For the first time in the U.S., an insurer is using the same idea as pay as you drive coverage, but for a person’s health.
A life insurance company in the United States is now offering a service that represents a first for the country, in which wearing a tracker that will reveal an individual’s health, location, and body information to reveal healthy lifestyle habits and reduced risk opportunities that could bring about a discount for premiums.
While some are seeing this as an interesting opportunities, others are calling this an invasion of privacy.
People are using wearable technology such as fitness trackers at a rapidly growing rate. These devices count daily steps like a pedometer, as well as measure heart rate, body movements, and other types of data relating to activity. The John Hancock life insurance company is now offering its customers a discount on their premiums of up to 15 percent if the device wearers show that they are regularly active in a healthy way.
The life insurance company launched its new tracker based discount program as of last week.
In order to offer this optional new program, John Hancock has partnered with Vitality. That company provides wellness programs to employees and runs in thirty different states.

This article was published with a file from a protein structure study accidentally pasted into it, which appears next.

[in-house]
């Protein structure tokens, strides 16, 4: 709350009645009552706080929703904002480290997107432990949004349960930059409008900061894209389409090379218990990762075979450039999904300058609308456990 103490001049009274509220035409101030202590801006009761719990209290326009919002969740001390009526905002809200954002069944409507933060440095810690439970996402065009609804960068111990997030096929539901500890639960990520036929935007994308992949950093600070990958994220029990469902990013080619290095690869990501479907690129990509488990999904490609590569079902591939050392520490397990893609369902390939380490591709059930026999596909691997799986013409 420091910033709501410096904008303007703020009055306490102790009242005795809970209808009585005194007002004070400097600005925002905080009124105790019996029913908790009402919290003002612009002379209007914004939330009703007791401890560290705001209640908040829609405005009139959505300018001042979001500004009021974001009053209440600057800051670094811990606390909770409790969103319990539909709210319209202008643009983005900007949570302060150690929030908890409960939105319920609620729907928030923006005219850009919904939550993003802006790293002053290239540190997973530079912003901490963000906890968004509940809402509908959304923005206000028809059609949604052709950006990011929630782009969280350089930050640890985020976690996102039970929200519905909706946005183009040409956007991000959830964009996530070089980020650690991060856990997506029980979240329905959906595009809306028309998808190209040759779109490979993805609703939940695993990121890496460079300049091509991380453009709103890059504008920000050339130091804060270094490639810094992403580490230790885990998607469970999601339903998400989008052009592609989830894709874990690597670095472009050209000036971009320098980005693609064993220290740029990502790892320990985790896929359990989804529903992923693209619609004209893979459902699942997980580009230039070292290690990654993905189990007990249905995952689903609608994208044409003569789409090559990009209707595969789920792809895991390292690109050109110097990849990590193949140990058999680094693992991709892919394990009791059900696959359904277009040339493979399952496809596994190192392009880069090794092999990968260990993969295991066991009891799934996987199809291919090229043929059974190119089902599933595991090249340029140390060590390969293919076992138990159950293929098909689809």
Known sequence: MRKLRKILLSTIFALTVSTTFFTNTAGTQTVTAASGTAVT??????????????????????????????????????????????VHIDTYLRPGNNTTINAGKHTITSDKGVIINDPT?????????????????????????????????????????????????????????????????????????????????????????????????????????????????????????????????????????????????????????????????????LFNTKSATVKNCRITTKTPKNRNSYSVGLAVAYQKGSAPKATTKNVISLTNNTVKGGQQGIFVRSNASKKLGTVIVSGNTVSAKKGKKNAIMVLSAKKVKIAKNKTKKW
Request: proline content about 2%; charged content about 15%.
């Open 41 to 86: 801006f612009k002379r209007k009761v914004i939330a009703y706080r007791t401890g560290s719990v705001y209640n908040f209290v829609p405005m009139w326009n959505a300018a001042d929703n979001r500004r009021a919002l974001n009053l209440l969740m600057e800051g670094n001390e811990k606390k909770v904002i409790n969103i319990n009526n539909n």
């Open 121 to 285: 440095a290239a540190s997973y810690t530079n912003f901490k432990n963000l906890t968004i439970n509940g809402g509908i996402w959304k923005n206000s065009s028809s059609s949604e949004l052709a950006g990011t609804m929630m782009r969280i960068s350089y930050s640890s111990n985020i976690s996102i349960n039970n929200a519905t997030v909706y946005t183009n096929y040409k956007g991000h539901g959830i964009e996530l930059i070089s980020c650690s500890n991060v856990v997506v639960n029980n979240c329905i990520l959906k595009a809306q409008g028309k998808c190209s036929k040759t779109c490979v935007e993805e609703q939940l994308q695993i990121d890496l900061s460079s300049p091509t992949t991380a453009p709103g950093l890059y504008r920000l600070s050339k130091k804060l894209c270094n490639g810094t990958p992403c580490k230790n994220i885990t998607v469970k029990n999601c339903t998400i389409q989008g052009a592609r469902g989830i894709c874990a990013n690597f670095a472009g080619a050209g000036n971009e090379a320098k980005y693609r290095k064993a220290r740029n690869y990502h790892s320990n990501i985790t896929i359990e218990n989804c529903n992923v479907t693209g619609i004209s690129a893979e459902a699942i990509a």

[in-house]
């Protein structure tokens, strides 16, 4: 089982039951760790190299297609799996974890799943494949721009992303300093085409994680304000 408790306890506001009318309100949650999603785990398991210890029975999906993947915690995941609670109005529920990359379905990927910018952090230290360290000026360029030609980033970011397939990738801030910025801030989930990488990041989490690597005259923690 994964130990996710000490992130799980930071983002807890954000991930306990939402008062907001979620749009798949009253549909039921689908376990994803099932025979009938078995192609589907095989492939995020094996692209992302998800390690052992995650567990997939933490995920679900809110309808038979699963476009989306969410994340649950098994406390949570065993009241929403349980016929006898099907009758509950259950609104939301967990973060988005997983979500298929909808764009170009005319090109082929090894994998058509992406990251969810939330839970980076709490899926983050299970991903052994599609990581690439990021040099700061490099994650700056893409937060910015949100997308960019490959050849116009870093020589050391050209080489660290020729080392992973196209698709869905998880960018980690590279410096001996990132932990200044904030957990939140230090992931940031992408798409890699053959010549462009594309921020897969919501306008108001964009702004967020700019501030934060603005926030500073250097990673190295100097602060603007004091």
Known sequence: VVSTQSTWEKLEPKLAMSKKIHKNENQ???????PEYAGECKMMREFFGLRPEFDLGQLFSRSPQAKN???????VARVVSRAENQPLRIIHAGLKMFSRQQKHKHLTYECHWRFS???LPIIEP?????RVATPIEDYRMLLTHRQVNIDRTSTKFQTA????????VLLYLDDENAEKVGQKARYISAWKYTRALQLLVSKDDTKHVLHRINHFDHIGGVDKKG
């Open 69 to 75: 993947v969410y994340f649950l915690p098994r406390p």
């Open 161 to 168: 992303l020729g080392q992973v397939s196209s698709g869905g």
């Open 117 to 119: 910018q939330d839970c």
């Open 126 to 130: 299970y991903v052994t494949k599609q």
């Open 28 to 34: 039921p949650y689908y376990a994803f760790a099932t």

People who sign up for this insurance discount program receive a Fitbit tracker for free. This little device must then be worn as a bracelet. It will track the distance that a wearer walks or runs, will estimate the number of calories that have been burned, and will even gauge the quality of the wearer’s sleep.
What this means is that the insurance company will be able to tell how often a customer does a workout, how far he or she walks, how often exercises are skipped, and whether or not the wearer is getting a decent amount of sleep.
Should the customer show that he or she keeps up a regular healthful lifestyle, then points are earned which produce the opportunity to save on a silver, gold, or platinum level. The healthier an individual’s lifestyle, the greater the potential discount on the life insurance premiums.